Fred Gelli on designing an Olympic identity that connects anyone and everyone

Co-founder of Tátil Design Fred Gelli talks about the award-winning firm’s ten design principles and what inspired the Olympic and Paralympic logo.

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Strategic consultancy firm Tátil Design created the Rio 2016 Olympic identity with the hearts of the people of Brazil in mind. Its founder Brazilian graphic designer Fred Gelli spent the last 25 years studying biomimicry, imitating nature’s solutions to solve human problems. Gelli and his team drew inspiration from nature’s solutions to define the design principles that inform their award-winning work.

For Design Indaba 2016, Gelli detailed the various design principles that inform the firm’s creations. From the simplicity of Coca-Cola’s Olympic identity to the firm’s own identity. “We wanted to create something without any kind of photoshop,” says Gelli as he reveals a stencil of the Tátil Design logo. Half transparent and half mirror, the stencil allows the user to create the background of the logo using their everyday surroundings.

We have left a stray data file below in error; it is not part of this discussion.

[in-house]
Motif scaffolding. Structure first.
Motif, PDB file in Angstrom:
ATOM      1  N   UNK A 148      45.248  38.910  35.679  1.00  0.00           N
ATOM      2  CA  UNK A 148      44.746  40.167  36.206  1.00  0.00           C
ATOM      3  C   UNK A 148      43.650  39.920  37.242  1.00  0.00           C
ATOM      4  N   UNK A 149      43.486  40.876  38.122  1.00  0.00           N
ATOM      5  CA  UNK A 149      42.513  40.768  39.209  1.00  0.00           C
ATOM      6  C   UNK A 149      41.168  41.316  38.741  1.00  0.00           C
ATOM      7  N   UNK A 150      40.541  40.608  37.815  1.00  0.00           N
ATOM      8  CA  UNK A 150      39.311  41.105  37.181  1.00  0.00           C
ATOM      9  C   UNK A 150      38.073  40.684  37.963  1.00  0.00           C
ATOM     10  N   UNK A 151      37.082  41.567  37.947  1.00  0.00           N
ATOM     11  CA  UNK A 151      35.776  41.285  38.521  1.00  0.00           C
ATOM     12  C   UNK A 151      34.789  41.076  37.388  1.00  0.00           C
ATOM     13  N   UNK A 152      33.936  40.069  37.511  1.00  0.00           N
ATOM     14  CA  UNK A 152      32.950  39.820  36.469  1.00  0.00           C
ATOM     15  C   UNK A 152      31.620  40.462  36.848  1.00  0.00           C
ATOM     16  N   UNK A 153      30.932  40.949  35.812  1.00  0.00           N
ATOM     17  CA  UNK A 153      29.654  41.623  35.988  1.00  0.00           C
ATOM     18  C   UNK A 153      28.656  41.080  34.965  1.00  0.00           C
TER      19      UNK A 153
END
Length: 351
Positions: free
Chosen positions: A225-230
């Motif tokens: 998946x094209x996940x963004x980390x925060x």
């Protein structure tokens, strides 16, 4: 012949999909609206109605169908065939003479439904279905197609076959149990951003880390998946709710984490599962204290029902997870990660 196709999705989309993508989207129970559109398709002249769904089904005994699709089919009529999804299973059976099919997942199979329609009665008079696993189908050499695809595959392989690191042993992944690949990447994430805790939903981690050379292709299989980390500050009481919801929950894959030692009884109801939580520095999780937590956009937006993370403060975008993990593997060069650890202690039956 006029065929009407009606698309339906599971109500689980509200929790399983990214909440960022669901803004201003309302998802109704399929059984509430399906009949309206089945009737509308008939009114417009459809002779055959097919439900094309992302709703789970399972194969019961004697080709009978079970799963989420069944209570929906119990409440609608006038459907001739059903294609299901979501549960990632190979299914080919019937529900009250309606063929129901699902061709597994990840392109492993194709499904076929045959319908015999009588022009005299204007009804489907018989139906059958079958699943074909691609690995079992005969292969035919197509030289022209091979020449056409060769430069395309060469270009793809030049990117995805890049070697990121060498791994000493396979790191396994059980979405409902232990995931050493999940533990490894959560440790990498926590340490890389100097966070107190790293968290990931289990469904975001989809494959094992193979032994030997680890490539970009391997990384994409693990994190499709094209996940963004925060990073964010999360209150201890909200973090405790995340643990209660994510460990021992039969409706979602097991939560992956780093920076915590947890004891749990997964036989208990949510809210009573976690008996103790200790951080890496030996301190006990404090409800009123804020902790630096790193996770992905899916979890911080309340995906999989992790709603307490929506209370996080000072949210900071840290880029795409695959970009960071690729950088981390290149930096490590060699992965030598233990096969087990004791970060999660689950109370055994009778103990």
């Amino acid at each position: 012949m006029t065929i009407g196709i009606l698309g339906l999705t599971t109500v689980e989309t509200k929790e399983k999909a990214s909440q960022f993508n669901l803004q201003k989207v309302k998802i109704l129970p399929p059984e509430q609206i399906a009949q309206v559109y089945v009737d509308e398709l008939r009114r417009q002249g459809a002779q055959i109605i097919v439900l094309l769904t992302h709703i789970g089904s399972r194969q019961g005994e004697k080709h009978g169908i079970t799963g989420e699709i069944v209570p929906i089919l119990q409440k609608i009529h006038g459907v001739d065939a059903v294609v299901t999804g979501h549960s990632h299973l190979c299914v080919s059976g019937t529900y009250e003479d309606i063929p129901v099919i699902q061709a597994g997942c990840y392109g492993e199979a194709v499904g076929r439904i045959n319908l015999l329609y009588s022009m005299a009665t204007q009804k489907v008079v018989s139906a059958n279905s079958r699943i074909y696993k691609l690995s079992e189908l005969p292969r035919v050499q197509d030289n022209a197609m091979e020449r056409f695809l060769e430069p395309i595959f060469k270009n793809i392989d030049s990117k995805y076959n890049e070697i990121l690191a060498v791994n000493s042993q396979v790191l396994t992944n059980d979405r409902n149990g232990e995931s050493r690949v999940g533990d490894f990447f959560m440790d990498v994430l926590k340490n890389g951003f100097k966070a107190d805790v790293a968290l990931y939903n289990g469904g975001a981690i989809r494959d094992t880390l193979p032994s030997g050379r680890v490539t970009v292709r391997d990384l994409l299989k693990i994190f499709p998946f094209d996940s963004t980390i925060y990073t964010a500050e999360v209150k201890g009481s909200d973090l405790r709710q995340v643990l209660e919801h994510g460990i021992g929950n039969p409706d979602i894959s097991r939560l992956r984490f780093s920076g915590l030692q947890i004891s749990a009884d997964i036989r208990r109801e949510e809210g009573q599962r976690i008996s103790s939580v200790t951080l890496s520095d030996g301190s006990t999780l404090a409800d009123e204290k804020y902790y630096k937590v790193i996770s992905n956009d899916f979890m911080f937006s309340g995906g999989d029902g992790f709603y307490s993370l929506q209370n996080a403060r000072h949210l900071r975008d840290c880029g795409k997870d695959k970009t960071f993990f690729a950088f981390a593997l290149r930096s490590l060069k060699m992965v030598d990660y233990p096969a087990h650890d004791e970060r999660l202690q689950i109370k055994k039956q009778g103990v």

Staying true to Tátil’s human-centred approach to design, Gelli created a multisensory experience for the 2016 Olympic identity. The 3D design reflects local culture in a way that is universally understood while it also stays true to the local landscape. “The target audience was the entire world,” said Gelli.

“It will be seen on a mobile screen in Manhattan and on a piece of paper in a remote town in Brazil. It was a huge challenge. You try to use the values that underpin the Olympics, like union and togetherness, something bigger than sport, to create something that will inspire people.”

Watch the Interview with Fred Gelli